Video - Panta Rei Danseteater 'Lullaby'
Norwegian dance company Panta Rei Danseteater, late last year, conducted a little experiment whereby three dance makers created two pieces with the same name based on the same idea, featuring three male dancers and two musicians, to see what the outcome was.
June 2nd, 2016watch now
by Martin French
The last time we wrote a piece about filming dance and doing it well was nearly four years ago. In 'Shooting Straight' we outlined the basic tricks and techniques you need to deploy to film a live dance performance.
Now, those techniques still hold true today but there is another way, a way you can film any dance performance no matter how many dancers are in it with just two cameras and, possibly, one operator.
Get in Parallel
For the most part a dance performance in a theater is created to be seen from the front or as near to the front as makes no difference. Unless you're English National Ballet and your'e producing a crazy version of Swan Lake in the round then it's the proscenium arch for you and your dancers.
With that in mind let us turn to the parallel camera set-up
As the name would suggest what you need to do, or what your rented camera operator needs to do, is set up two identical cameras, on their tripods, side by side. We shall call these cameras; A and B (I think you should call them Bert and Ernie! Ed!)
Before you start setting up the cameras on their tripods make sure that each cameras settings are the same so the final images match from each camera. Because there are so many different cameras we can't go through specifics so either ask the rental shop or read the manual.
Ernie............ Camera B is mounted to the right of camera A (as you face the stage) and is set to record the wide angle or "master shot" for the work. Now, when we say wide angle we don't mean the entire theater, the lights and half the audience. No, what we mean is the boundary of the stage with a little shaved off for good effect since dancers rarely occupy the extreme left or right of the performance space in any show.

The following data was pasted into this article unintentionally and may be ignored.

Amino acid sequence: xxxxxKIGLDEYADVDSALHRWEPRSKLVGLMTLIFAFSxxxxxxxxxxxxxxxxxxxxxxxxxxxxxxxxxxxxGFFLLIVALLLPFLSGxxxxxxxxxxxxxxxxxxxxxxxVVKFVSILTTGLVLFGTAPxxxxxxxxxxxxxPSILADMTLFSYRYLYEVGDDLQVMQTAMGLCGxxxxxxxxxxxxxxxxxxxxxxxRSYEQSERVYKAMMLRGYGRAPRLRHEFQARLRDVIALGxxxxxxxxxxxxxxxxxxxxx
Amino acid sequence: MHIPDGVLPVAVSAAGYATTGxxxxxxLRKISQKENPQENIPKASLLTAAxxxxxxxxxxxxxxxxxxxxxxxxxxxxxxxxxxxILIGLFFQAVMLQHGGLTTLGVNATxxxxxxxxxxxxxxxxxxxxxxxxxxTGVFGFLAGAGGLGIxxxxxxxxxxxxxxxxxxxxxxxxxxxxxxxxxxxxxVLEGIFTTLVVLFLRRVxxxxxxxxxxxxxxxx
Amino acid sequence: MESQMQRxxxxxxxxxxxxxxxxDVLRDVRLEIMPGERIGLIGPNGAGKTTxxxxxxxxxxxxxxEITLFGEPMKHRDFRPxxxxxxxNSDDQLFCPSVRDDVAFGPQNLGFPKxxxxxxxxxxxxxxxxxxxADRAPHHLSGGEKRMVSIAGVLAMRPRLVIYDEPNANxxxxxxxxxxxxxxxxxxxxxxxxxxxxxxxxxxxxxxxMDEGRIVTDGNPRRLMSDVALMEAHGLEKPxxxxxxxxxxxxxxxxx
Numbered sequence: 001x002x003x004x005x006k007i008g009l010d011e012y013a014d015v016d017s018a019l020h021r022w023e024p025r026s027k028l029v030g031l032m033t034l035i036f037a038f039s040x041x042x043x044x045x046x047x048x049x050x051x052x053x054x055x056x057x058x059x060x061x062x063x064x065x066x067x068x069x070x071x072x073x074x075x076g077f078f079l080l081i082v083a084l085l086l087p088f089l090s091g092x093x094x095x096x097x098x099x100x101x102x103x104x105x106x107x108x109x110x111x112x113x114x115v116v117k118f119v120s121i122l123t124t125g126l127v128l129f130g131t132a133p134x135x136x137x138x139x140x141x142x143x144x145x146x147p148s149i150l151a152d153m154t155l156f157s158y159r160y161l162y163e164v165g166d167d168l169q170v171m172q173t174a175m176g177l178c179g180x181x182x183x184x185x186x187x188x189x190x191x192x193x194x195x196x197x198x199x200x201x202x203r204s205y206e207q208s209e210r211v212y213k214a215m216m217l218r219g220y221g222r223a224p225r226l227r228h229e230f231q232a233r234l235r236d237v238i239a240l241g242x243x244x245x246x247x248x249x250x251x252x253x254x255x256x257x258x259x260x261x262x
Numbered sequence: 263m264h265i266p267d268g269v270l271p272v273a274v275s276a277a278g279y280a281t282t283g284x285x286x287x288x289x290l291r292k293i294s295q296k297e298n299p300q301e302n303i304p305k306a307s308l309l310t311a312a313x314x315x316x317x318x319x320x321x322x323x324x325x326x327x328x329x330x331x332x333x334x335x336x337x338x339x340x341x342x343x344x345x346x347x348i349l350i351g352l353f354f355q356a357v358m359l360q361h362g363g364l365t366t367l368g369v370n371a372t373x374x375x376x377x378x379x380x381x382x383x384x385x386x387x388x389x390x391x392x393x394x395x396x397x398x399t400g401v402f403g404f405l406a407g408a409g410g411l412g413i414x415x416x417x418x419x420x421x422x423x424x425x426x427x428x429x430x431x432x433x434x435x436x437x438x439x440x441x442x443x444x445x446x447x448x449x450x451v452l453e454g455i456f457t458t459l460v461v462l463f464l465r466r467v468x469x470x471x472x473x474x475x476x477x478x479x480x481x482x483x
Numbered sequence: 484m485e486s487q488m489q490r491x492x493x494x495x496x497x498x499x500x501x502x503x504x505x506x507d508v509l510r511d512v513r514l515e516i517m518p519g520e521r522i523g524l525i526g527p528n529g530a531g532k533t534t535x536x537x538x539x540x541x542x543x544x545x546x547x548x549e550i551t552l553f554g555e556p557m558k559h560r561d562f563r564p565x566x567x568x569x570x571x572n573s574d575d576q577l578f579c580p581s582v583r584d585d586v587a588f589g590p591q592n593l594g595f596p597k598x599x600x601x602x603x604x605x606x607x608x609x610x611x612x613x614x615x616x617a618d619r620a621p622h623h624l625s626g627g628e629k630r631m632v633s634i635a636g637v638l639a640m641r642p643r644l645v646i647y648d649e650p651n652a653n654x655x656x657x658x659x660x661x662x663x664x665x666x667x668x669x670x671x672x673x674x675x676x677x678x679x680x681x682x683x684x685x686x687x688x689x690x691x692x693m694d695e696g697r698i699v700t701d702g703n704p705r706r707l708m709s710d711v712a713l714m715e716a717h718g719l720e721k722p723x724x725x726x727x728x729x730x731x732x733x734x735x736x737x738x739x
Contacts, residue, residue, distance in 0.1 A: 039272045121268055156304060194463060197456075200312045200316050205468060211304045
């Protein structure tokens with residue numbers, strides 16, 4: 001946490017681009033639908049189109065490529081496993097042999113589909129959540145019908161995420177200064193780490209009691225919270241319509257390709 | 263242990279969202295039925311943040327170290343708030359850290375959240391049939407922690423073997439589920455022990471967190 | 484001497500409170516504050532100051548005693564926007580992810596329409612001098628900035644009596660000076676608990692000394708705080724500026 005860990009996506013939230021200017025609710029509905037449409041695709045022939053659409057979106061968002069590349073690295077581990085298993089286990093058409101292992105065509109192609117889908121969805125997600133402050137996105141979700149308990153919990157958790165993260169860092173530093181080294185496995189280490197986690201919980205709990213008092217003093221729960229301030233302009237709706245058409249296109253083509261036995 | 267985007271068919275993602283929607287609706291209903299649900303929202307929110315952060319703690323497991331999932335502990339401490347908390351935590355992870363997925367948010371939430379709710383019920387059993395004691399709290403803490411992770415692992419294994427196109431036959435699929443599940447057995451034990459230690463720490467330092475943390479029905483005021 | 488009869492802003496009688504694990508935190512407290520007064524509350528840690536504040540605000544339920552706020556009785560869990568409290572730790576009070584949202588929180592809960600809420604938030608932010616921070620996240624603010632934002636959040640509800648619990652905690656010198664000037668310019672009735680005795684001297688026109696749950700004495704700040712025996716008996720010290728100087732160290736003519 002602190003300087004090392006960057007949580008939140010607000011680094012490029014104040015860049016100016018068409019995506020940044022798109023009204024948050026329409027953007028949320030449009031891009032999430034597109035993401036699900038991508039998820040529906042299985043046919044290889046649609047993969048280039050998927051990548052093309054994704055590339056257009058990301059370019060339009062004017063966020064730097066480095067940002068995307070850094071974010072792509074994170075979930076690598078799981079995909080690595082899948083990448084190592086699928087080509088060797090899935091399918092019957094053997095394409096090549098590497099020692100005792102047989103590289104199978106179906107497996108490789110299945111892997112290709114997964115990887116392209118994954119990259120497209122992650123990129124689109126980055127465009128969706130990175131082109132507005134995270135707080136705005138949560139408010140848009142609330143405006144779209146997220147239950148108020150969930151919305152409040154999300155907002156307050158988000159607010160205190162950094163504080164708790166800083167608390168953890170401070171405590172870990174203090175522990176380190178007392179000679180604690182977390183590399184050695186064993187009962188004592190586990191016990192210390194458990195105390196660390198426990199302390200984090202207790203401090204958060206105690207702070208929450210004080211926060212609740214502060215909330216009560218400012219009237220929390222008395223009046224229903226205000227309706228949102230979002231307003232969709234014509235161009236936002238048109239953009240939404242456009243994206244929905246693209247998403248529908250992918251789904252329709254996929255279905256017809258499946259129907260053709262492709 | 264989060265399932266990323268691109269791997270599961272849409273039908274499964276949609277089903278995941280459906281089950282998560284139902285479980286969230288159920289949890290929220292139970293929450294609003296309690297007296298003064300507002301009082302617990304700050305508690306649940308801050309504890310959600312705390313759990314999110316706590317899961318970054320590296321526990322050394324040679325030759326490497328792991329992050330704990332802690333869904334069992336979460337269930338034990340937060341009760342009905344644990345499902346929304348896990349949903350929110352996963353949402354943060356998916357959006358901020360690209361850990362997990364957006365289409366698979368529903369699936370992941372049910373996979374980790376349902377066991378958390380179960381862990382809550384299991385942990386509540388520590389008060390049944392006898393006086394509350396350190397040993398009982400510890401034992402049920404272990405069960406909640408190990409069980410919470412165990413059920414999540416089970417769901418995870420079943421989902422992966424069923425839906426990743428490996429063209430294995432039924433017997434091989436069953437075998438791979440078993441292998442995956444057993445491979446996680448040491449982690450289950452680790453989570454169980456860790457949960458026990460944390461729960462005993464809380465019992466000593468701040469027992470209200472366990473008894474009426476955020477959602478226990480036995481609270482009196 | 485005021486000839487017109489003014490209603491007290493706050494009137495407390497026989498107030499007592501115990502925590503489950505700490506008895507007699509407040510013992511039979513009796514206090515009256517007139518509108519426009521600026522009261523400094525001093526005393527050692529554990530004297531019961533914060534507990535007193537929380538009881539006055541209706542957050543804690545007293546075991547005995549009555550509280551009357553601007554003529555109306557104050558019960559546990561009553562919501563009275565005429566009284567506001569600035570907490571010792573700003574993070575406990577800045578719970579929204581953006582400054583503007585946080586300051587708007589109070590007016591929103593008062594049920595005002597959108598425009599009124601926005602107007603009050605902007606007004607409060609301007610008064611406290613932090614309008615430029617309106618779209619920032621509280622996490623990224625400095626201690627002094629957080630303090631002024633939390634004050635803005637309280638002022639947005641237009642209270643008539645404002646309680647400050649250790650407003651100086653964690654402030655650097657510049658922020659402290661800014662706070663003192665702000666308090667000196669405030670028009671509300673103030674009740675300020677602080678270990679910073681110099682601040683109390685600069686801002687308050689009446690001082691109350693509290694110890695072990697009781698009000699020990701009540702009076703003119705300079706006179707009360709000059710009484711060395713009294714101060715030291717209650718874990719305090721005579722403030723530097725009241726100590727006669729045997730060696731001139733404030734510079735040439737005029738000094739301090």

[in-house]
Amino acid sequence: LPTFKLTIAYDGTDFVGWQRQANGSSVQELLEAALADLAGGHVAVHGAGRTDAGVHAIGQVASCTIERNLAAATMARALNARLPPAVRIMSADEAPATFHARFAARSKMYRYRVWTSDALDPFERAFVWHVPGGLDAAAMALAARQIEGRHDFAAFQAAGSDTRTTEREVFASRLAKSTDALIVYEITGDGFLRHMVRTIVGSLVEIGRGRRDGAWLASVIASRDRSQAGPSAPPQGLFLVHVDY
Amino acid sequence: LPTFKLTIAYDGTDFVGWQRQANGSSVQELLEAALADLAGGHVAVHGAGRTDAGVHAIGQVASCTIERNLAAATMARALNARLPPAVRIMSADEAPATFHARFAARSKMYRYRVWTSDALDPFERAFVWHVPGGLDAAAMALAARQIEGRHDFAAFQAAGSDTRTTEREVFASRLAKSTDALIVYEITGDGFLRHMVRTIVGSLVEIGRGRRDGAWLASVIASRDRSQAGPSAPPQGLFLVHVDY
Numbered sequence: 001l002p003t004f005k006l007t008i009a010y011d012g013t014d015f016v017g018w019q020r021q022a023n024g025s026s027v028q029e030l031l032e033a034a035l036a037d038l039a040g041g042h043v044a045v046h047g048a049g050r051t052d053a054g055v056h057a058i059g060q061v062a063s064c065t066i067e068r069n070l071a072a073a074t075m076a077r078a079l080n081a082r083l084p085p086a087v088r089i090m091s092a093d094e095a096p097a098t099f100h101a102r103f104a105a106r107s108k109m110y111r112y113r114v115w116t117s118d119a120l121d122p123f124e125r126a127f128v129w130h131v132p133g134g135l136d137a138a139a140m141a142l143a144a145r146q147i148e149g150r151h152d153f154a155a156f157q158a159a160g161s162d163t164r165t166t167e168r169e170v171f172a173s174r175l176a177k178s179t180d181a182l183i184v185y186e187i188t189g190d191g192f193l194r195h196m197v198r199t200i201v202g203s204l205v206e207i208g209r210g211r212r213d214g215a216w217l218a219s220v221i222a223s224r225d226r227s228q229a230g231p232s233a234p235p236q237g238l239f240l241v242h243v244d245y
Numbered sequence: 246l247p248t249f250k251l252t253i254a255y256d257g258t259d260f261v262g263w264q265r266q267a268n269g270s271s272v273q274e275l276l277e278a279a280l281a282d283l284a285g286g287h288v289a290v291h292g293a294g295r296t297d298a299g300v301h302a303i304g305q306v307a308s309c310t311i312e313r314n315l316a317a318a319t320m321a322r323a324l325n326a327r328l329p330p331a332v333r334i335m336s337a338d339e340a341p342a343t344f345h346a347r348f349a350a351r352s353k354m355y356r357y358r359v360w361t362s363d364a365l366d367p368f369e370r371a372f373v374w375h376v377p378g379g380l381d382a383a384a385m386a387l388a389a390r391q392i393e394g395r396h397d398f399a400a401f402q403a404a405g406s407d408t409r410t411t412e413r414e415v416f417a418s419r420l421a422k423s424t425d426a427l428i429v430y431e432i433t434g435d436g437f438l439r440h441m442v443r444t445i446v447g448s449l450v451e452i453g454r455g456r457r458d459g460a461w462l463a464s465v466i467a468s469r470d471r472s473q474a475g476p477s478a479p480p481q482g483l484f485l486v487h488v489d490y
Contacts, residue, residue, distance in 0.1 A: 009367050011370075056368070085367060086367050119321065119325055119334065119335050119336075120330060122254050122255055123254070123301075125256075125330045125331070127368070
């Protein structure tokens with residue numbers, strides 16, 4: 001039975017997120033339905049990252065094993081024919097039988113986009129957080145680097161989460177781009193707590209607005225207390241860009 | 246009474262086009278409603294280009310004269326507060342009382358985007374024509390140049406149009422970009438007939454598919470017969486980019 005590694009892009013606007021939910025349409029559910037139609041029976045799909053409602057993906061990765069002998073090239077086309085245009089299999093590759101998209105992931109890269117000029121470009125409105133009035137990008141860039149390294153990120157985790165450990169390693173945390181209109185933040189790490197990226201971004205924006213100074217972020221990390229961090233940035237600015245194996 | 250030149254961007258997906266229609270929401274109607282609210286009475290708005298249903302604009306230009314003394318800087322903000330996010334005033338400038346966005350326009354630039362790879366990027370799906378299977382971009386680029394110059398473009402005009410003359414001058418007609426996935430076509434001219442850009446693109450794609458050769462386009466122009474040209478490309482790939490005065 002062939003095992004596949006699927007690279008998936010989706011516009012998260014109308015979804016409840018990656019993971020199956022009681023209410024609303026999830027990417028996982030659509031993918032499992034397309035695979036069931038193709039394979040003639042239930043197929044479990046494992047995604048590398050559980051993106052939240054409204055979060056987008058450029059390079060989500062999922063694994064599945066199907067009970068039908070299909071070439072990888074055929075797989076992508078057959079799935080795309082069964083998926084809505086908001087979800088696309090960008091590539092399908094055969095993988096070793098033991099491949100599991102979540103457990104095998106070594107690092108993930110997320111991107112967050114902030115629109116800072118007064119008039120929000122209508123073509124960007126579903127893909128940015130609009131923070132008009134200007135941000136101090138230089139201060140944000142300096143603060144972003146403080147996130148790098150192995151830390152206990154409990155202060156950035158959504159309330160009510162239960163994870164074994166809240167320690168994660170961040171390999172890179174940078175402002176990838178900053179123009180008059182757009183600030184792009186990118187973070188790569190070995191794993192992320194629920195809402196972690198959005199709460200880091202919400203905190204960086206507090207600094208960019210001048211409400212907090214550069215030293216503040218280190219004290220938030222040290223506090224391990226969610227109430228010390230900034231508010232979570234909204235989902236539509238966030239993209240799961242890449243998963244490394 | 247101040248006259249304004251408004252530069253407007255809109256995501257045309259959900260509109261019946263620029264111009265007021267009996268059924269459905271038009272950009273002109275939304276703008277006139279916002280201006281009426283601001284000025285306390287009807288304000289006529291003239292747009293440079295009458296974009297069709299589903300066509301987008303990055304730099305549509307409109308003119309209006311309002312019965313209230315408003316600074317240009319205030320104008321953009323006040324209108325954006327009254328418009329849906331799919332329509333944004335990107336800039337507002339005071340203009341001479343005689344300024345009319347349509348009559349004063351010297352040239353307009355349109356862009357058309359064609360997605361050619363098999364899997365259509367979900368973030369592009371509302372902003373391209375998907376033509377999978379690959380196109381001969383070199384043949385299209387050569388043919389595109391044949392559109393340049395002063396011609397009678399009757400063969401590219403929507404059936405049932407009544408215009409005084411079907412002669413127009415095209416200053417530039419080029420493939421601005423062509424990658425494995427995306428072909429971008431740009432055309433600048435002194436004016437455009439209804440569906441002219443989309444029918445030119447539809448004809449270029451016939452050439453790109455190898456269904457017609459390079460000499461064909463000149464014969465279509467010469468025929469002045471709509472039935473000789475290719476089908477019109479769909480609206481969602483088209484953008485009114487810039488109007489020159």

For top and bottom framing take your cue from the position of the camera. In the example shown above (Candoco Dance Company 'In Translation') we've framed the wide angle showing a lot of overhead space. If you're shooting from a flatter angle frame the dancers towards the middle of the frame with less overhead space (see the MK Raw video at the bottom of the page for an example)
If you frame the wide angle and you get audience heads in the shot, but not obscuring the dancers, then you can just mask them out in post production (we'll cover that another day).
Focusing this camera is easy. Get somebody to stand on the stage and then zoom your camera all the way in, as far as it will go, so you can see the persons face. Switch the camera to manual focus, and then adjust said focus until the image in the viewfinder or on the pop out screen is razor sharp.
Then zoom out, re-frame your shot as described above and leave the focus alone on that camera for the rest of the show. Lock out the cameras pan/tilt head on the tripod and camera B is good to go.
Where is Bert?
Bert, I mean camera A is positioned closest to you or your operator. This camera is the one that will track your dancers around the stage and pick up all the nice details in your wonderful choreography.